Although the real life job of an air traffic controller is immeasurably complex, Flight Control couldn't be simpler, tasking you with landing aircraft on colour-coded runways or helipads, aiming to land as many as possible before a crash ends your game. Bringing in planes is as easy as drawing a route from the aircraft to the appropriately-coloured landing area: once the its path to the landing strip is set, it turns white and follows the line before touching down automatically, netting you one point. It begins as a sedate experience but soon becomes a succession of nail-biting near-misses in the pursuit of a higher score. It's classic arcade gaming with a new twist.

With the Move controller, guiding your planes in to land is intuitive and unerringly accurate: you simply highlight the plane with a cursor, hold T or the Move button and draw a path for it to follow, then release the button. The controller's more than capable of tight turns or smooth curves, making the design of intricate webs of flight paths over a built-up city just as intuitive and accurate as the game's early and more straightforward airfields. We encountered no problems with the accuracy of the detection even whilst sat far away from the TV, although the Eye camera should point directly at you for the best results.

If you don't have Move, you can still use a standard DualShock 3 or SIXAXIS controller to help guide your charges to safety, with the left analogue stick drawing paths for planes after selecting them with X. It's a perfectly decent scheme, albeit one that lacks the intuitive controls of Move, and drawing a path with the wand is simply more enjoyable than using an analogue stick. If you have both controllers, there's little need to consider picking up the DualShock, unless you want to try out the multiplayer mode, which can be played with up to four people using any combination of Move and DualShock pads.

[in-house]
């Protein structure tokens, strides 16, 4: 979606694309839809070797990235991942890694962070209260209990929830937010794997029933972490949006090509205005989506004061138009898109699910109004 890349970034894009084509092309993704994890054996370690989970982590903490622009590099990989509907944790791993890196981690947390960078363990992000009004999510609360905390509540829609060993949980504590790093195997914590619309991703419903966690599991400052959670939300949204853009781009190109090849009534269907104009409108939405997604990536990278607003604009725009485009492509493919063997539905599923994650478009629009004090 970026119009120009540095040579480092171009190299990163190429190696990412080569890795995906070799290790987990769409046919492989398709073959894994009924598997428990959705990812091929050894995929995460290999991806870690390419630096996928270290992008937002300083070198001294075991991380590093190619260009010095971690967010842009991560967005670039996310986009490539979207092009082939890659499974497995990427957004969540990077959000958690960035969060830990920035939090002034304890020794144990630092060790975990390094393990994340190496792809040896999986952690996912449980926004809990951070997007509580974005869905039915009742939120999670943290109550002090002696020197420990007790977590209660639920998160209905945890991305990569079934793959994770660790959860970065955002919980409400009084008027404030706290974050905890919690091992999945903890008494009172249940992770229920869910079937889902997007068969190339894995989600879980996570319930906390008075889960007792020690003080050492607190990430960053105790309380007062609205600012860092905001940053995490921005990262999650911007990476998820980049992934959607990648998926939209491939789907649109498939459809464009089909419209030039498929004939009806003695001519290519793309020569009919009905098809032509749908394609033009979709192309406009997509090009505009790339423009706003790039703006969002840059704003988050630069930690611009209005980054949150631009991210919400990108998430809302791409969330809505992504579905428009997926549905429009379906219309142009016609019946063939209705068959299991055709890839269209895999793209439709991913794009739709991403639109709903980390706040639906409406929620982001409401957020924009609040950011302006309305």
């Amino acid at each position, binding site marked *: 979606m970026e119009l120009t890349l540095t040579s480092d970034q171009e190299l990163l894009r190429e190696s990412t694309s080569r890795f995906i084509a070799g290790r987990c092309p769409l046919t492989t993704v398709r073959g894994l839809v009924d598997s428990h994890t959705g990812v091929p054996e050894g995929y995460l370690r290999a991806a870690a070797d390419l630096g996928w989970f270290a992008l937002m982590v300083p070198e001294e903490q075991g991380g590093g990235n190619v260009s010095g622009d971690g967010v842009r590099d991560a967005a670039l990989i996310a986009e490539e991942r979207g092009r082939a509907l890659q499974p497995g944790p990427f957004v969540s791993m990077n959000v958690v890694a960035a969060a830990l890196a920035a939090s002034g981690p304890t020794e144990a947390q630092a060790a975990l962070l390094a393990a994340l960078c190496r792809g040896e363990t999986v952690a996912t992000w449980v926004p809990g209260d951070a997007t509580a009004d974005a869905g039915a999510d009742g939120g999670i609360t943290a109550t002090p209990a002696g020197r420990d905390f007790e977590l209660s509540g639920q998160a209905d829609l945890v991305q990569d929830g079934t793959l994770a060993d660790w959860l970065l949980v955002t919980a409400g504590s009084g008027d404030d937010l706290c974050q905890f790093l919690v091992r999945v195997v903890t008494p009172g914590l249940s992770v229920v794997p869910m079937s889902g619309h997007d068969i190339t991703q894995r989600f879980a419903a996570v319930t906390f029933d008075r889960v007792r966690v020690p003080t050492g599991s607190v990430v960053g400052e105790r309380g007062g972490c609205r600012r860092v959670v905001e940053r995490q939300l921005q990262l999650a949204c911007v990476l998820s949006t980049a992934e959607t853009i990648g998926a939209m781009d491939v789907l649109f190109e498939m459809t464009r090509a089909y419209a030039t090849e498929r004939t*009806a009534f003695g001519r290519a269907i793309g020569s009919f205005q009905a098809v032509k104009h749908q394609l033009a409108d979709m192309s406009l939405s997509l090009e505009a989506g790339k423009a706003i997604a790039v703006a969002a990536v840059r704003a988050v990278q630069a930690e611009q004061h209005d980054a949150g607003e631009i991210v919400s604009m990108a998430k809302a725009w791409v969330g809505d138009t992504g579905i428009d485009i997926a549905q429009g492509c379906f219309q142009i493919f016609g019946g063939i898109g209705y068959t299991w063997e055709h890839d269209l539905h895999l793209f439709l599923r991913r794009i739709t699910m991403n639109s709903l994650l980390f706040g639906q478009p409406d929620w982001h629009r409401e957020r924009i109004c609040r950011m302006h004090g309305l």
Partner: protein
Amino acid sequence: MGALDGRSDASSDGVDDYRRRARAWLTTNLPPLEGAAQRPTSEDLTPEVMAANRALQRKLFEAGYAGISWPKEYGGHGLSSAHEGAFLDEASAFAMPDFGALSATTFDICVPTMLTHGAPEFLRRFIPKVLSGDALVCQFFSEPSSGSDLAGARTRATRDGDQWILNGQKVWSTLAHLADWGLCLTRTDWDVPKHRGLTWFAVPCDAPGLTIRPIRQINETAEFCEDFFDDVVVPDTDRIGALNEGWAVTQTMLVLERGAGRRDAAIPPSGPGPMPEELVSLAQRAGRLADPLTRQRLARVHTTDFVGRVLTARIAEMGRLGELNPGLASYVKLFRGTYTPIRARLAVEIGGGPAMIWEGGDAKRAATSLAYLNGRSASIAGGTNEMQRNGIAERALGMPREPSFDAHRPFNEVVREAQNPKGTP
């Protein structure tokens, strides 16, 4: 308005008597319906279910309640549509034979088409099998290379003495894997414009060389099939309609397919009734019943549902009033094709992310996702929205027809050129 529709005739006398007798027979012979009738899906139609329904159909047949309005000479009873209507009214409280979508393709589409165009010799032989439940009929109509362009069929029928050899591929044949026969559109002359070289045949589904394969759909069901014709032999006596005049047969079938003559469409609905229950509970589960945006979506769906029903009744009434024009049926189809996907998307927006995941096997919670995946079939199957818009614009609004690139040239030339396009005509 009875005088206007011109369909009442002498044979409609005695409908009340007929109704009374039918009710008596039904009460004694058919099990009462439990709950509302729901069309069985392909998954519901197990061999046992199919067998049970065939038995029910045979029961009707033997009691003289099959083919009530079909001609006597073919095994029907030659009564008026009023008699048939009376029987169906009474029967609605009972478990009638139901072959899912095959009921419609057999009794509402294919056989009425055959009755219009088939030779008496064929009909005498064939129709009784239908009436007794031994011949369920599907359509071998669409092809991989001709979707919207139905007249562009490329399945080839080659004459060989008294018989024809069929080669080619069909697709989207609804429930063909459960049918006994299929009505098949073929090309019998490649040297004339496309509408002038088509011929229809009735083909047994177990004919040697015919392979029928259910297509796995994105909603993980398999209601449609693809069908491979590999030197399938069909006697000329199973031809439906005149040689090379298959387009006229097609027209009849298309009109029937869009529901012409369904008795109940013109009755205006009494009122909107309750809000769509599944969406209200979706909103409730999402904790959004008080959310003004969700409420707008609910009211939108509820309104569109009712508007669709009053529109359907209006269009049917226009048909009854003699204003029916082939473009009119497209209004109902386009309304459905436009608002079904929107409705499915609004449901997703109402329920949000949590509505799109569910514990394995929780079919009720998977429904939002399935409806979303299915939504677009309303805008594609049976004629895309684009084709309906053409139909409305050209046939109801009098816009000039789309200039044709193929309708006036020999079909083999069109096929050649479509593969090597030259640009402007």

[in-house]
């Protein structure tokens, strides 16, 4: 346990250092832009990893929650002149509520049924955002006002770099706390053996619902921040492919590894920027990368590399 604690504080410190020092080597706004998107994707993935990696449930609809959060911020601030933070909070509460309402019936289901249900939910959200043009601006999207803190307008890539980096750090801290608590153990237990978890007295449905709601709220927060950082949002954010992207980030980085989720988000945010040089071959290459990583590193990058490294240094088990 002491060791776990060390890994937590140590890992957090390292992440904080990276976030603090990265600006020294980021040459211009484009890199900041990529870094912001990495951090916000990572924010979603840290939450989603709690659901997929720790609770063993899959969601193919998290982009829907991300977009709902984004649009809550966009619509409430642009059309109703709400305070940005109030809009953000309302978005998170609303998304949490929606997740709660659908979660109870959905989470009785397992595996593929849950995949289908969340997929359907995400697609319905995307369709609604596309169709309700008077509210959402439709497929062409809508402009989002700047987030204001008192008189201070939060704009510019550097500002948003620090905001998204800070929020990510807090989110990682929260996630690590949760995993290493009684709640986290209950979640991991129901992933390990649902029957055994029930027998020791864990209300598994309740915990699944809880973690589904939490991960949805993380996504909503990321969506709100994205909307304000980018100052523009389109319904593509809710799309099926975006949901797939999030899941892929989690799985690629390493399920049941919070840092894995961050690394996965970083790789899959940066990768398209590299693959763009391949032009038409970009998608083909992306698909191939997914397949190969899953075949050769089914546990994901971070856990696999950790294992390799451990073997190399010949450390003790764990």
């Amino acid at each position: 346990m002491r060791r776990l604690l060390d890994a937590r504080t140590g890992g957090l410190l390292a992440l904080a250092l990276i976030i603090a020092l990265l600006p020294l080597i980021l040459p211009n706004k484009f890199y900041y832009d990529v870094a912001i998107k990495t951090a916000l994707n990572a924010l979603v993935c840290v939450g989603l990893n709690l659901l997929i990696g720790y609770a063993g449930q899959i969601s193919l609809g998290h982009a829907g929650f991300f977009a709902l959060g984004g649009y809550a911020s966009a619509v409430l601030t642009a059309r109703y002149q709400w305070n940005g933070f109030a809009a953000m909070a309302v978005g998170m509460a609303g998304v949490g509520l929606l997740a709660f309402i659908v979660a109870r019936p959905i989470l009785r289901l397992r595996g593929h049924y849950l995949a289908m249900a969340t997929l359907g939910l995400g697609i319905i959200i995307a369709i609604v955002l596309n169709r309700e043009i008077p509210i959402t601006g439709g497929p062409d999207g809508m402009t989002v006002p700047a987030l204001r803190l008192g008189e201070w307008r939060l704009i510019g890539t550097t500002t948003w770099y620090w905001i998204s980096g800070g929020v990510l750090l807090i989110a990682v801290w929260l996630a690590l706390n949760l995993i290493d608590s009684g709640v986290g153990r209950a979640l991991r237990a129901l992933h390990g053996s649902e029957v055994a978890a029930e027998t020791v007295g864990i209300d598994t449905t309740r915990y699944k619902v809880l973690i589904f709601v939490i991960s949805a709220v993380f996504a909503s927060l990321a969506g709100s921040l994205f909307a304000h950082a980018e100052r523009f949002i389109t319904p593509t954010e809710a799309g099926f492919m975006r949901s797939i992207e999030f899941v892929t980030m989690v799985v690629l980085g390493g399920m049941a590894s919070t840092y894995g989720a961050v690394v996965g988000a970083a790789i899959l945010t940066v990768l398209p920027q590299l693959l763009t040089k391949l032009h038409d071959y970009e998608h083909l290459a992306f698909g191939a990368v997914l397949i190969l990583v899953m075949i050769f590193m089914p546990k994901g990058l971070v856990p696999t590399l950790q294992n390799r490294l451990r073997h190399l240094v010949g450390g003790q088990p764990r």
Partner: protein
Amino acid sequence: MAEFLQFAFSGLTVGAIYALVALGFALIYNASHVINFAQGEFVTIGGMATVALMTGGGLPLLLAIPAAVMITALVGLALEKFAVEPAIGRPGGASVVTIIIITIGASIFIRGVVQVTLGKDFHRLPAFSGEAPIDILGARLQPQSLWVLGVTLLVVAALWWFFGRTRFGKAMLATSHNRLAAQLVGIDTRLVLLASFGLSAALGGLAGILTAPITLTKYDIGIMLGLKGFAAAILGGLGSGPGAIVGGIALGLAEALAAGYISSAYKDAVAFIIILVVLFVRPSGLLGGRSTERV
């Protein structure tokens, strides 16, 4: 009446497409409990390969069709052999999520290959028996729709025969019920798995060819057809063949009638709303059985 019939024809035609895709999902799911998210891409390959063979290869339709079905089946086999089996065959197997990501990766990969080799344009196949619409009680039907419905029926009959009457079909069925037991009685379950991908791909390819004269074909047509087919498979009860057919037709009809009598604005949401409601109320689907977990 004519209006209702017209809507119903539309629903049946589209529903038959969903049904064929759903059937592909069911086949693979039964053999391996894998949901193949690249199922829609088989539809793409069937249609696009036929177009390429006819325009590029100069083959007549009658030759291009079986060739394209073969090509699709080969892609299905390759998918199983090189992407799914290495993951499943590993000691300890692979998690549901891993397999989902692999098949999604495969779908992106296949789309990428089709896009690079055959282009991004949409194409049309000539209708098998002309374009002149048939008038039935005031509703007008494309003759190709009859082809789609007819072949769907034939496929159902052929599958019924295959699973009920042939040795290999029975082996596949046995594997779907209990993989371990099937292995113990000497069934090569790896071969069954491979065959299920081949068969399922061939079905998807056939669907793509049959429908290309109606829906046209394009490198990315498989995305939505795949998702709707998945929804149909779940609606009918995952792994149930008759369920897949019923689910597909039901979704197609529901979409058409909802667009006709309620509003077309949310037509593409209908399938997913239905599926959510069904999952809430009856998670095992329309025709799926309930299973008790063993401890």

Flight Control HD is engaging, addictive and a perfect showcase for the accuracy of the Move's pointer system, with intricate paths plotted easily and accurately. It's graphically sharp in a subtle kind of way, with none of the game's charm lost in the transition to the big screen, although it's not the most visually exciting game you'll play on PS3. Online multiplayer would have been a bonus, but the local play is still great fun, particularly on the new super-sized airfields. Whether flying solo or with a co-pilot, if you have Move, this is a flight well worth catching.

AU Review--Flight Control continues to be a charmer on the iPhone for good reason. The mix of simple game mechanics, eye-catching aesthetics, and a tongue-in-cheek tone makes this game a perfect example of good, addictive fun. Fans of the iPhone version will not be disappointed by Flight Control HD (AU$8.45 or 4.99 Euros via the PlayStation Network), the new incarnation (read: not port) for the PlayStation 3 with 3D and PlayStation Move support. Married with the motion-control device and a big screen, directing incoming planes to color-matched runways becomes an even more effortless and immersive experience, making Flight Control HD more exciting than ever.